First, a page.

Moving Beyond Computer Literacy: Why Schools Should Teach Computer Science

Talking Points

COMPUTER SCIENCE GIVES STUDENTS VITAL 21ST CENTURY SKILLS WORK

THESE SKILLS STRENGTHEN LOCAL COMMUNITIES, NATIONAL INNOVATION, AND OPPORTUNITIES FOR YOUTH. Computer Science (CS) — not computer literacy — underlies most innovation today, from biotechnology to geoscience to national security. Yet three out of five U.S. schools do not offer CS classes that include programming or coding.1 Seldom do schools actively engage and prepare students to innovate and create the new technologies that drive local and national economies. This ability to innovate with technology is also important for students’ future success and ability to make a difference in a global society.

COMPUTER SCIENCE MEANS REWARDING CAREERS

JOBS ARE PLENTIFUL, INTERESTING, AND FLEXIBLE. The U.S. Department of Labor predicts that computing-related jobs will be among the fastest-growing and highest-paying over the next decade. In May 2018, the median salary for computer and IT occupations was $86,320.2 Today, 58 percent of all new jobs in STEM are in computing. Computer scientists also enjoy a wide range of career options because all industry sectors involve computing (e.g., the arts, film, finance, health care, journalism, manufacturing, music, security, and more).

  • By 2026, there will be 3.5 MILLION COMPUTING-RELATED JOBS AVAILABLE.3
  • Of those, 19 PERCENT could be held by computing bachelor’s degree recipients.
  • People who major in CS in college EARN AN AVERAGE OF 40 PERCENT MORE than other bachelor’s degree holders.4

COMPUTER SCIENCE: MORE THAN JUST USING TECHNOLOGY

THE FIELD OF COMPUTER SCIENCE IS BROAD. It teaches students design, logical reasoning, and problem solving — all valuable well beyond the computer science classroom. The ability to create and adapt new technologies distinguishes Computer Science from computer literacy, which focuses more on using existing technologies.

 


WHAT CAN YOU TELL SCHOOL DECISION MAKERS ABOUT COMPUTER SCIENCE?

Tell them that…

COMPUTER SCIENCE (CS) PROVIDES 21ST CENTURY SKILLS NECESSARY FOR INNOVATION AND TRANSLATES TO HIGH-PAYING, IN-DEMAND JOBS. Emphasize that CS is increasingly necessary for community improvement; students’ future opportunities; and local, national, and global innovation. Use facts to dispel myths that computing jobs are disappearing (see www.ncwit.org/scorecard).

CS CAN MAKE CURRICULUM MORE RELEVANT FOR STUDENTS. CS courses can tap into students’ interest in technology, helping them become technology innovators. Other teachers can build on these skills, allowing students to design technical solutions to problems in science, math, social studies, the arts, and humanities. This can make these courses more relevant for youth, potentially improving their engagement and achievement in these areas.

CS CAN HELP EDUCATORS BETTER MEET ACCOUNTABILITY GOALS. Because a key component of CS involves the use of critical thinking and problem-solving skills, CS courses and units can help schools better meet some existing state standards in these areas, as well as some math and science standards.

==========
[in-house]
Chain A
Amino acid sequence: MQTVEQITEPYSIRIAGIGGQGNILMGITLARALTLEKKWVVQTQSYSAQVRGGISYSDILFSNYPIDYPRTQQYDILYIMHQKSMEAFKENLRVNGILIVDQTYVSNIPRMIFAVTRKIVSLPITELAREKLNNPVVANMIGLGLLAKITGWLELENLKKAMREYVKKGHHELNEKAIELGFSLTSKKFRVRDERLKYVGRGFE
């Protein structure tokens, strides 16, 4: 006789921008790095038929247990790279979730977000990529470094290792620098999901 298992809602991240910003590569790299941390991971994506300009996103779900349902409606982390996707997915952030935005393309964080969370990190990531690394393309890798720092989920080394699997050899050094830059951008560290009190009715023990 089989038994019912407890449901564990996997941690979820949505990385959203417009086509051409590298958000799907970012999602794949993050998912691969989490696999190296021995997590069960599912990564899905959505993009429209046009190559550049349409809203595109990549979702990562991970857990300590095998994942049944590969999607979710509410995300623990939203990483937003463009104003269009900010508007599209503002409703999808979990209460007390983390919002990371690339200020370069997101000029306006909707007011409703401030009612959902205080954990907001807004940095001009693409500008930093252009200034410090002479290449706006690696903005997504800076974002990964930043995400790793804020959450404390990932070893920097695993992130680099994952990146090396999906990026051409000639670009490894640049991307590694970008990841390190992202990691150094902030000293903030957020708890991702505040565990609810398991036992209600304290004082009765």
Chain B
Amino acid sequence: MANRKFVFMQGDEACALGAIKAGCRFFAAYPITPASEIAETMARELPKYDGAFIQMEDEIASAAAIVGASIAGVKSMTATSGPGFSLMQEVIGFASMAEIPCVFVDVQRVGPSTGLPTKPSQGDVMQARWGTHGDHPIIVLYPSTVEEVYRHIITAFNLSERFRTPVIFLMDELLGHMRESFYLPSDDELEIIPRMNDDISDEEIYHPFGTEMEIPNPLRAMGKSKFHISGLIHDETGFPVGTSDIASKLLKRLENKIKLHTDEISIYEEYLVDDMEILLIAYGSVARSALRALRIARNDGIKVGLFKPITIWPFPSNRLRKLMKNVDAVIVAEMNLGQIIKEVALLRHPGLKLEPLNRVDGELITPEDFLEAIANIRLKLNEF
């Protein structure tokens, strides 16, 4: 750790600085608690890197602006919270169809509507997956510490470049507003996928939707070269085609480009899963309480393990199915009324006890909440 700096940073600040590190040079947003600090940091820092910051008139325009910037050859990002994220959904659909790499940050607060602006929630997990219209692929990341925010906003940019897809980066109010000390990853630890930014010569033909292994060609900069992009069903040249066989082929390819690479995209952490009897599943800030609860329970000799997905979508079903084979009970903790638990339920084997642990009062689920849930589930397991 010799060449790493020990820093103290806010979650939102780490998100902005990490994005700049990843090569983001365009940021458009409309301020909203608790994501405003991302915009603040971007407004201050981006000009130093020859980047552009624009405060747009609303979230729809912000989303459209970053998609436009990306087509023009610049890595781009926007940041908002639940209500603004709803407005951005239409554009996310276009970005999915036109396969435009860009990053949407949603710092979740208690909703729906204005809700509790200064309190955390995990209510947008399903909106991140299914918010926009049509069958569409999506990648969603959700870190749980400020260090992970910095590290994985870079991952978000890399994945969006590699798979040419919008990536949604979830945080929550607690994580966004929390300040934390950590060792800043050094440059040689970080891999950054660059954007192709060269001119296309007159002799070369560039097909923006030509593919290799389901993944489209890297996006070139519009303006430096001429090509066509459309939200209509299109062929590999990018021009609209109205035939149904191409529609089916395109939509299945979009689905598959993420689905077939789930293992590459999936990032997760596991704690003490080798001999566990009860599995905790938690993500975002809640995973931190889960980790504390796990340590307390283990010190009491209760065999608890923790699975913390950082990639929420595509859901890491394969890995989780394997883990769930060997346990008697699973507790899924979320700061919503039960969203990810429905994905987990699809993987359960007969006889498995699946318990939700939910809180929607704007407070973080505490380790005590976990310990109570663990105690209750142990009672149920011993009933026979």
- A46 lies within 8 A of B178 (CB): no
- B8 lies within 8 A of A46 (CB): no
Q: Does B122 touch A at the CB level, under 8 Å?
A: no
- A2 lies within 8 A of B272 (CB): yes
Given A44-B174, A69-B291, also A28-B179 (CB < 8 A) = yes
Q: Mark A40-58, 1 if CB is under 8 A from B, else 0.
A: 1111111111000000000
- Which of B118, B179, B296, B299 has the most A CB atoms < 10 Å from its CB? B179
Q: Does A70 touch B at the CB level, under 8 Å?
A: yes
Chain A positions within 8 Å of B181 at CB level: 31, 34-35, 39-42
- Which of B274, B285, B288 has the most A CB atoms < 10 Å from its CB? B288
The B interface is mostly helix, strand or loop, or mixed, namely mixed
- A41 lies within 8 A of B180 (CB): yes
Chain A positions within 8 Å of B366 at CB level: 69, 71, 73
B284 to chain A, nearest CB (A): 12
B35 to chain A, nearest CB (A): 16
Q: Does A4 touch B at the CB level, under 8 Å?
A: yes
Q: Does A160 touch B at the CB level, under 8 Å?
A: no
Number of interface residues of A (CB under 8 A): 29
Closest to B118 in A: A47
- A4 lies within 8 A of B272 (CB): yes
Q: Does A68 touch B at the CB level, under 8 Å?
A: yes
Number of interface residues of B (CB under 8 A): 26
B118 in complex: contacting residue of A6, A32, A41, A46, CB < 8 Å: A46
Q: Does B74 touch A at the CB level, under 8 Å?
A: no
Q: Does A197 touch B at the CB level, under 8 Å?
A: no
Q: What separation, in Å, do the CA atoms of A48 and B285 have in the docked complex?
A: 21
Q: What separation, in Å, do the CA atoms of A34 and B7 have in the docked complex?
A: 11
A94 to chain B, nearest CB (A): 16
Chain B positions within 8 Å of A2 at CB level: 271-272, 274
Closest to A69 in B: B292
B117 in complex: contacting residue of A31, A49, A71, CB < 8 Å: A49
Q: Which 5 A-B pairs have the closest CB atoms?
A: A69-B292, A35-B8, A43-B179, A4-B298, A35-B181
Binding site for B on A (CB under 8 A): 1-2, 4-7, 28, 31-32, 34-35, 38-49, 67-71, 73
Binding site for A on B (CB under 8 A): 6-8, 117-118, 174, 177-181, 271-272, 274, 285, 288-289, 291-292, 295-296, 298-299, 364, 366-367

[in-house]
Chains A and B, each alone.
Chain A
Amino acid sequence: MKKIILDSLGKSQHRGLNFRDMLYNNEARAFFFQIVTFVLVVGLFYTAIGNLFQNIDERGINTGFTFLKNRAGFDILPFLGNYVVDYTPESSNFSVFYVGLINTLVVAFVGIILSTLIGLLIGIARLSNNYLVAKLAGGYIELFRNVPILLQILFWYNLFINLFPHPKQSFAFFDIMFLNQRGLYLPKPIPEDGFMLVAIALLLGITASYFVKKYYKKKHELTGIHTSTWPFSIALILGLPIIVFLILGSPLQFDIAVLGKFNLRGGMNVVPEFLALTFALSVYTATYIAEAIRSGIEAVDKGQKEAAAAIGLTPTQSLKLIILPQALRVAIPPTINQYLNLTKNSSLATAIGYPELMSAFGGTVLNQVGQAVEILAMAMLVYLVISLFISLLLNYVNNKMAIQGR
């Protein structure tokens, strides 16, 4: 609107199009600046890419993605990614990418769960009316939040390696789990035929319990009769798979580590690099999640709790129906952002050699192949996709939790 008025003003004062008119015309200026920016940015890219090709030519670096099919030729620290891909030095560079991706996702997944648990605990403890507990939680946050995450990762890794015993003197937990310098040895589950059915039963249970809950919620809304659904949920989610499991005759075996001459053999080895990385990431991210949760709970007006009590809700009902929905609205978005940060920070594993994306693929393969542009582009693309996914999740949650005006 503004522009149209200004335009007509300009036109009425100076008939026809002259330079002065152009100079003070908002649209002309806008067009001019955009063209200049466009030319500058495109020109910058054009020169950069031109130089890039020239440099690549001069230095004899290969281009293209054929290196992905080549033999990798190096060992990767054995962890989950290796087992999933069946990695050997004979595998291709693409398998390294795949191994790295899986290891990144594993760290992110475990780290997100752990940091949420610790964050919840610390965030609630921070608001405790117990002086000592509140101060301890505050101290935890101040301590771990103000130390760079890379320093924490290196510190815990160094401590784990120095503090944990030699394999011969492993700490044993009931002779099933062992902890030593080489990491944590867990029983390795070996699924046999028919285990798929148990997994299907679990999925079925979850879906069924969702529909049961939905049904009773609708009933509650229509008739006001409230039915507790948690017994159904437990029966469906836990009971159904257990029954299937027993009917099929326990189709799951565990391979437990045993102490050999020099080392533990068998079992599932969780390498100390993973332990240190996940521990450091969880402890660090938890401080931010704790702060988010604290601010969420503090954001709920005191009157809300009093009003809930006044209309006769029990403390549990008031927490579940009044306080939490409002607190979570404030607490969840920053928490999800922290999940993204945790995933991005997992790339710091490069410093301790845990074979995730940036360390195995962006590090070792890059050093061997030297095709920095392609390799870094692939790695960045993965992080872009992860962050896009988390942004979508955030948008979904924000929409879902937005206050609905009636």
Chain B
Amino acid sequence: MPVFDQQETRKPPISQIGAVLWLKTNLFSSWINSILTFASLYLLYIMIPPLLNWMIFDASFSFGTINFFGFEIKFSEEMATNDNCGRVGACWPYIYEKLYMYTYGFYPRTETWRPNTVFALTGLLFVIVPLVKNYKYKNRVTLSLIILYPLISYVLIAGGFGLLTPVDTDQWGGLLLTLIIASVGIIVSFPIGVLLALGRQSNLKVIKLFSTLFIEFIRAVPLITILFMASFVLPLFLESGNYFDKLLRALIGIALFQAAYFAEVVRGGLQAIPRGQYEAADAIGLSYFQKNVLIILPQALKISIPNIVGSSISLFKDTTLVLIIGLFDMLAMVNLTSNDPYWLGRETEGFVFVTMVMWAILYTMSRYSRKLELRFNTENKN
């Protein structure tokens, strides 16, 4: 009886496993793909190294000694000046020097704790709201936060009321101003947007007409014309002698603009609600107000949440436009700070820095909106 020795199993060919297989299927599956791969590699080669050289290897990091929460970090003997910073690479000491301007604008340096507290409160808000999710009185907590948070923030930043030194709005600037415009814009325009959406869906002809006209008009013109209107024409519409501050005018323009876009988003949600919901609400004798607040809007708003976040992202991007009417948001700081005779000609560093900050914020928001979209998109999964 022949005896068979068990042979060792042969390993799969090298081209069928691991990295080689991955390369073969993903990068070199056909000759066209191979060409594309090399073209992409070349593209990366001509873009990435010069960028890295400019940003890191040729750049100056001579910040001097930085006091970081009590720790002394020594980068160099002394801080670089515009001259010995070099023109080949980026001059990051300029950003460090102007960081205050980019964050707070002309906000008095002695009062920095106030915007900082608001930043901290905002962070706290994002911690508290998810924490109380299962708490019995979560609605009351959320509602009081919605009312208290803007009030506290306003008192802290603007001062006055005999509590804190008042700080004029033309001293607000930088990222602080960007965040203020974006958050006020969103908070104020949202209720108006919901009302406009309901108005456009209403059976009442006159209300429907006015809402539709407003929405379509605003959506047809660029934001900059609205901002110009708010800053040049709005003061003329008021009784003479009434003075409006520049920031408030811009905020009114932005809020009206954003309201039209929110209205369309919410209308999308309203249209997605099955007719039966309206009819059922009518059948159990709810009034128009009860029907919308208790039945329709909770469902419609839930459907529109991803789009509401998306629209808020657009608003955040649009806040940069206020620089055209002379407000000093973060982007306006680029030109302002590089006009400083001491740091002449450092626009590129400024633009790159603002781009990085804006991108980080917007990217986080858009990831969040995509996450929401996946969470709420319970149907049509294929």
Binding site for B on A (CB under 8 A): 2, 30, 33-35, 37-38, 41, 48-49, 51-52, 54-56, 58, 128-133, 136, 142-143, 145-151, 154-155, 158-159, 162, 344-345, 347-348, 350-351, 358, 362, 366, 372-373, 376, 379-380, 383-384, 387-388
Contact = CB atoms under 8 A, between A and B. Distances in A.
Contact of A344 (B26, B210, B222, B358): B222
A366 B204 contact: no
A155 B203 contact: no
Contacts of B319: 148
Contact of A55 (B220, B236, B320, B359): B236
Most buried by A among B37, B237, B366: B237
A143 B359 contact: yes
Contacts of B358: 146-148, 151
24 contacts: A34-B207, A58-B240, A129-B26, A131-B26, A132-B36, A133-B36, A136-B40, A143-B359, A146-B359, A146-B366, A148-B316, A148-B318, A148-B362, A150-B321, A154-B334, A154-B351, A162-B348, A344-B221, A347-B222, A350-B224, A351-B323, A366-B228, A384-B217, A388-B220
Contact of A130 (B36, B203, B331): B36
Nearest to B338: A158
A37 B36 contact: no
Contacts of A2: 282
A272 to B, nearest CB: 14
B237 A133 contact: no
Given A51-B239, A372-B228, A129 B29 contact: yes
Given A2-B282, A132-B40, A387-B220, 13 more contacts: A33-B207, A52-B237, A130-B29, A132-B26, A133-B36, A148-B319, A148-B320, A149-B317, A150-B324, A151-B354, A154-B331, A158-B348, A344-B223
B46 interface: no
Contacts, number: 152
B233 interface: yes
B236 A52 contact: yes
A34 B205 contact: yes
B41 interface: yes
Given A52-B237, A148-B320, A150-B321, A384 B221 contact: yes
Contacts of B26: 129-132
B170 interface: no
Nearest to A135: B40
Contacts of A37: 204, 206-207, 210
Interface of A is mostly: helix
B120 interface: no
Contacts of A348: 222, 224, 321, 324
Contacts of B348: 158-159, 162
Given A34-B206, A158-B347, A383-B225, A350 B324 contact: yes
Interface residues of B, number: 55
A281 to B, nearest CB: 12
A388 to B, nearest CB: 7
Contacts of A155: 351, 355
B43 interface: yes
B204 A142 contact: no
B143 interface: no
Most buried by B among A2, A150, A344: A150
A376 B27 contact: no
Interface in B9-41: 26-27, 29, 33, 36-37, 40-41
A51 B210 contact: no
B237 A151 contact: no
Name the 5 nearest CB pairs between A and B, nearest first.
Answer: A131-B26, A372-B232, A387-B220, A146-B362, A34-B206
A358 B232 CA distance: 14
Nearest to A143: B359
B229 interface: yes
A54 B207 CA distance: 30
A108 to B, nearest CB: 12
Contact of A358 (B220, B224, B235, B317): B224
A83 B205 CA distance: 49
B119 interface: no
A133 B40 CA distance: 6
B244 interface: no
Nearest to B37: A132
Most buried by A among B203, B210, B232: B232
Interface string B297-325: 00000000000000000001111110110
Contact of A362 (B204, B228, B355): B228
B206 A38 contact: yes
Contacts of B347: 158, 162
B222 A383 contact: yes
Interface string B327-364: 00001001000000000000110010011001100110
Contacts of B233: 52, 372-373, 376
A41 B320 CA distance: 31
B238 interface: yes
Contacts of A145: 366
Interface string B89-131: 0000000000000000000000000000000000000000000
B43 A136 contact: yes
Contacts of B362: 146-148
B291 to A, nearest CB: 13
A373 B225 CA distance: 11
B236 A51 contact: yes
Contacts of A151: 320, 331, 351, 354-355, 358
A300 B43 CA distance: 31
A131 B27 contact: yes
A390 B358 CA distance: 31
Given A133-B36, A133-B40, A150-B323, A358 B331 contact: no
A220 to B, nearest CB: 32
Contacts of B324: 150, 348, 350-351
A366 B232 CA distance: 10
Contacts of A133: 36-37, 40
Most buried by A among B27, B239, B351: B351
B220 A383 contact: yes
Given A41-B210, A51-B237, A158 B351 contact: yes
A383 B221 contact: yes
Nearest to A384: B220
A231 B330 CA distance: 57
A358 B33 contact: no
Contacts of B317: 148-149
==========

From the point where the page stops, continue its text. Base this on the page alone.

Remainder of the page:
CS DIFFERS FROM USAGE. CS differs from computer literacy. Technology is everywhere, and students are using computers every day. Empower them to be creators and innovators of technology by teaching them CS skills.

WHAT CAN YOUR SCHOOL DO TO SUCCESSFULLY INCORPORATE COMPUTER SCIENCE EDUCATION?

IMPLEMENT COMPUTER SCIENCE CLASSES AS EARLY AS POSSIBLE (i.e., elementary grades). Provide rigorous and engaging Computer Science courses. Excellent curricula are available, as are additional units for integrating computing concepts into other content areas.

MAKE THE CONNECTION IN ALL CURRICULAR AREAS. Computational thinking (a set of problem-solving methods) is at the heart of Computer Science education. Many 21st century careers will require this important skill. Actively look for ways to embed computational thinking into your school’s curriculum. Create a Computer Science leadership team to support school-career connections by talking about how sustainable careers of the future involve computational thinking skills and Computer Science.

MAKE COURSES ACCESSIBLE FOR ALL. Actively encourage and recruit a diverse range of students (underrepresented students of color or students with disabilities, for example) to take computer science classes, and be sure to employ inclusive pedagogies in these courses.

MAKE COMPUTER SCIENCE LEARNING FUN! Introduce technology in a way that connects with students, and have fun doing it. Develop learning content that is visual and interactive. Visit Likeable STEM for a wide range of computer science tips, programs, and activities.


 


1Trends in the State of Computer Science in U.S. K-12 Schools, Google. www.ncwit.org/GoogleCSTrends
2Computer and Information Technology Occupations, United States Bureau of Labor Statistics. www.ncwit.org/CIBLS
3By the Numbers, NCWIT. www.ncwit.org/bythenumbers
4Computer Science is for Everyone, Microsoft Teals. www.ncwit.org/CSEveryone_Toolkit